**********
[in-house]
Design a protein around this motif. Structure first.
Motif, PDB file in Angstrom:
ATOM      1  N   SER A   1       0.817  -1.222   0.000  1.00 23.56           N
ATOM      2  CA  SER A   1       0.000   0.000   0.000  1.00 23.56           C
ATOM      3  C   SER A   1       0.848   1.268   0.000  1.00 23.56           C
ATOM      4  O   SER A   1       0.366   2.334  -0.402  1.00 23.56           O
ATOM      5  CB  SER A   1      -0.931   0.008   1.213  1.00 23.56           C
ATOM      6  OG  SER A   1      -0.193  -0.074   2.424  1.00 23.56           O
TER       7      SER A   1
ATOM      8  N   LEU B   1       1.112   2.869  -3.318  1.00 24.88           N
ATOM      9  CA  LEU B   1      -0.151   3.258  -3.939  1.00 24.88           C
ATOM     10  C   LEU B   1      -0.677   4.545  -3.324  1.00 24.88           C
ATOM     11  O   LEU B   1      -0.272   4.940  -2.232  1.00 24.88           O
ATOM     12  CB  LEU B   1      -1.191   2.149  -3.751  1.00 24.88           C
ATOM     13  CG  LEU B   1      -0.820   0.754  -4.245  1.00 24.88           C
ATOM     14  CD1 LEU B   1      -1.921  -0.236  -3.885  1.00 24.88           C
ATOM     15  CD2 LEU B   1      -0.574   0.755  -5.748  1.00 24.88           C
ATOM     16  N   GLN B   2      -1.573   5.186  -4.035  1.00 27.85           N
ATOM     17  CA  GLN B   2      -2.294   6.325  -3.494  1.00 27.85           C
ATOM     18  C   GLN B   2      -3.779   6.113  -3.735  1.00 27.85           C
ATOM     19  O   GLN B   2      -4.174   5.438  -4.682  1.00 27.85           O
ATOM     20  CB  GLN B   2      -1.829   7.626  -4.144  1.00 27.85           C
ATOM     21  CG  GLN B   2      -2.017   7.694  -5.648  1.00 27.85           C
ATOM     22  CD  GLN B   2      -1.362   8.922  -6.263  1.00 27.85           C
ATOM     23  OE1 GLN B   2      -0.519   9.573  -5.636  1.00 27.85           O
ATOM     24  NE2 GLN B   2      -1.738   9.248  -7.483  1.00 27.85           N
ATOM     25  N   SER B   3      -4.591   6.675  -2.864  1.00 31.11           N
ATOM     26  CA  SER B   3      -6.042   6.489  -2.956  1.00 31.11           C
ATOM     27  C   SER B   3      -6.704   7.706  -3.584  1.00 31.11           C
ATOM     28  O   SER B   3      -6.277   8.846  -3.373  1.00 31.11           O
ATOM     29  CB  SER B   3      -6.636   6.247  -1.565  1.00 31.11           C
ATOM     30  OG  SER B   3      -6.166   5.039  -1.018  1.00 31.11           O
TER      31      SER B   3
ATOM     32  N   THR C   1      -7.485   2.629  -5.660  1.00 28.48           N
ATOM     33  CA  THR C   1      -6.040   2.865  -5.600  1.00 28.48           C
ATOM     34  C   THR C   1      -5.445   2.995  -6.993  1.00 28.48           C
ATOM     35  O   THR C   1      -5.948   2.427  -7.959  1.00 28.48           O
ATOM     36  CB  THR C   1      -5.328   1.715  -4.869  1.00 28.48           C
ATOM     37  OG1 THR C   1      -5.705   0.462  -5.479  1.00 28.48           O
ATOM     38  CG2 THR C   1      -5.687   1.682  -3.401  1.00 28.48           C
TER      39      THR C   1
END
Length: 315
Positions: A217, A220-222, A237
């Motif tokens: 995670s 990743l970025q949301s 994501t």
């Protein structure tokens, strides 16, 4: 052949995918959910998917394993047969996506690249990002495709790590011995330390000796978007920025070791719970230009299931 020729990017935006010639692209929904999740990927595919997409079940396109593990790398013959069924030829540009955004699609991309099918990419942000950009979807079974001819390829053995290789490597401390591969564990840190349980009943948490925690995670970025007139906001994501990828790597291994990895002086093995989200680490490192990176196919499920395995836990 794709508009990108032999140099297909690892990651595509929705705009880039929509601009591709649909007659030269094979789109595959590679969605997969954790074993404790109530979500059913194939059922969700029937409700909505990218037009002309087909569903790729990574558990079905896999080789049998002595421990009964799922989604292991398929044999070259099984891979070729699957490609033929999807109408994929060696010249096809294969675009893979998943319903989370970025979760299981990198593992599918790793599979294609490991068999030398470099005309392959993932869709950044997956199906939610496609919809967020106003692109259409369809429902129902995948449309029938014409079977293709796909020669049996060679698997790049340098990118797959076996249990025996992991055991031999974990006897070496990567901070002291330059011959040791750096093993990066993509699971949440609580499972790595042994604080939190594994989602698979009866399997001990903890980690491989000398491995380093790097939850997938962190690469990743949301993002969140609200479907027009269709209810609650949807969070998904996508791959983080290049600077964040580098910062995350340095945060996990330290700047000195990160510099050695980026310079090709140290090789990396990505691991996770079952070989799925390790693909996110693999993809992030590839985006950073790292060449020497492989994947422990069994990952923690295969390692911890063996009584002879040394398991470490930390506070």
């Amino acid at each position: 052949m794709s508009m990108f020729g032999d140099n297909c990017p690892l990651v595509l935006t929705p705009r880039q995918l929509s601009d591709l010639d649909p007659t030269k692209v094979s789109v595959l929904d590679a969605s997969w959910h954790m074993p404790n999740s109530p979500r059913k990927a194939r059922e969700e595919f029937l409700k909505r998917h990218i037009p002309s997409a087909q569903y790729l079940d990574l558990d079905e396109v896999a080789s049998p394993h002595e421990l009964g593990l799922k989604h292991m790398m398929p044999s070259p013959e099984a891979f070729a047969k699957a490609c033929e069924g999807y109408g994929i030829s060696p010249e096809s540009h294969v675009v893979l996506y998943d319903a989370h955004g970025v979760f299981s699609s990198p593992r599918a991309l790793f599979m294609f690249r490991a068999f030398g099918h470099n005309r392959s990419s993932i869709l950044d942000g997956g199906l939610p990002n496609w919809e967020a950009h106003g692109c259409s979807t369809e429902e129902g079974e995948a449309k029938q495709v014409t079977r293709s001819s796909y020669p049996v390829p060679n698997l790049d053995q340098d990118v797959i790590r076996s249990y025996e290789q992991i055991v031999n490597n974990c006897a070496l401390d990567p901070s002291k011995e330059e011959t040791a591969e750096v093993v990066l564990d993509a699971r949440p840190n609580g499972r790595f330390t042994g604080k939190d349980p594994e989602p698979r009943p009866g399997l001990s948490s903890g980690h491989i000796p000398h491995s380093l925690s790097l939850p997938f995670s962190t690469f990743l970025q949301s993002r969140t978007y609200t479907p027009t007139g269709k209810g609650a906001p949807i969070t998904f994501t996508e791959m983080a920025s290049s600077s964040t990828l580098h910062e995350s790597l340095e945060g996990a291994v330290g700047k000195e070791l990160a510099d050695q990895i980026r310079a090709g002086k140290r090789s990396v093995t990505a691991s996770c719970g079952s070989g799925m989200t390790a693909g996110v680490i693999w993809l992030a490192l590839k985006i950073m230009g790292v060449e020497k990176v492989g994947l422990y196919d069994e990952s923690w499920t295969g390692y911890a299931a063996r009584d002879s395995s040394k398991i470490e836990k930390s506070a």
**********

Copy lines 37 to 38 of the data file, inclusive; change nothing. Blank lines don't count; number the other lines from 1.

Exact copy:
ATOM     34  C   THR C   1      -5.445   2.995  -6.993  1.00 28.48           C
ATOM     35  O   THR C   1      -5.948   2.427  -7.959  1.00 28.48           O